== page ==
True to their names, each gun's cylinder contains six chambers and fires a hand-thrown shell similar in size and weight to that shot by a Winchester .452. Once the gun has been fired, the hammer must be cocked to make the cylinder revolve. Although they are extremely powerful, these guns are perfectly balanced. They sit easily in the hand and their action is smooth and reliable. But although every one of these sandalwood-handled pistols is invaluable, there is one pair that is legendary. Passed down through the line of Eld for almost 700 years, they are known as the guns of Deschain. - The Dark Tower: The Gunslinger Born, Robin Furth

Although this image comes from a section describing the different guns of gunslingers (practice guns, apprentice guns, gunslingers' guns, and the guns of Deschain - aka Roland's guns), and Roland's guns are listed separately, it is made clear that all gunslinger guns work the same way and have the same mechanical design. Roland's guns are simply more ornate and made from higher quality metal.


1Ancient Sword Rage's answer was posted before this one, and it is correct, so I accepted his, but posted mine so that all the information is available. I offered him this picture, but he thought it would be improper to use information I provided, and told me to post it as a self-answer. Please consider upvoting his answer.

2I think this shows us another example of King's lack of knowledge of guns. The assertion that gunslingers use Winchester .45 ammo ignores the facts (as I understand them) that in the 19th century, when guns like this were made, Winchester .45 cartridges were ammo for rifles, not pistols, and although Winchester now makes .45 ammo for handguns, it is designed for semi automatic handguns, and can't be used in revolvers without special adapters called "half-moon clips". The descriptions in the books make it clear that Roland isn't using these clips.

  • 3
    "I made this answer Community Wiki, so I won't get rep from it." - That's not really what Community Wiki is for, though. Its sole purpose is allowing for collaborative editing, not for eschewing from the concept of reputation for good contributions, which would go entirely against SE in its very philosophy. Have a great answer to a question? Answer it and get reputation for it. Doesn't matter the slightest who asked it.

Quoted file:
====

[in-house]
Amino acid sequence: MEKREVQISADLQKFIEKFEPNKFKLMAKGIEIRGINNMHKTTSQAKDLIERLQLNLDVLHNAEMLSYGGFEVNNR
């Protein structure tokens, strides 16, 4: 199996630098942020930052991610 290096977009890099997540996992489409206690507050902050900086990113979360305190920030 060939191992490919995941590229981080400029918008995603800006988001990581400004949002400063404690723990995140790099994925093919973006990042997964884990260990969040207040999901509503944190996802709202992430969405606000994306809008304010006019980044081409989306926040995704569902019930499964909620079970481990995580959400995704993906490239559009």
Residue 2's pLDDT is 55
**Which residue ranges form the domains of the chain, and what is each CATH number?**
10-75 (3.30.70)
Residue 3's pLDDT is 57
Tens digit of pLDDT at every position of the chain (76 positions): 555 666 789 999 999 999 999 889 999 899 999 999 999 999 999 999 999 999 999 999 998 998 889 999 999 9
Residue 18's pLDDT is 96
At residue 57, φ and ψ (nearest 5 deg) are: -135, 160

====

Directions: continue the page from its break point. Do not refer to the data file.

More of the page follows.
– TARS
    Commented Mar 20, 2016 at 22:59
  • @TARS - That's not what it was meant for, but it is what I used it for. If I didn't have a way to keep myself from getting rep for this answer, I wouldn't have posted it. I might not be using the feature for what it was intended for, but I also don't think anyone will fault me for using it to deny myself rep.
    – Wad Cheber
    Commented Mar 20, 2016 at 23:05
  • "If I didn't have a way to keep myself from getting rep for this answer, I wouldn't have posted it." - Well, that's what you have to make up with yourself. Still CW misuse, wrong precent and all that. What'd you say if I posted a crap answer and made it CW in order to not get negative rep from all the downvotes? Exact same principle. CW is not for eschewing the concept of reputation.
    – TARS
    Commented Mar 20, 2016 at 23:09
  • 2
    Self-answering is explicitly encouraged, so there's no reason to (a) feel dirty, or (b) try to get rid of the rep. CW ain't meant as a way to get round the normal limits of the system :)
    – ArtOfCode
    Commented Mar 20, 2016 at 23:21
  • 2
    After consulting with other mods, I have not de-CW-ified this post, but have removed your comment about why you CW-ified it, which technically sets a bad example for use of the CW feature. Just say you wanted it CW in order that low-rep users could edit it, and you'll be fine ;-)
    – Rand al'Thor
    Commented Mar 20, 2016 at 23:30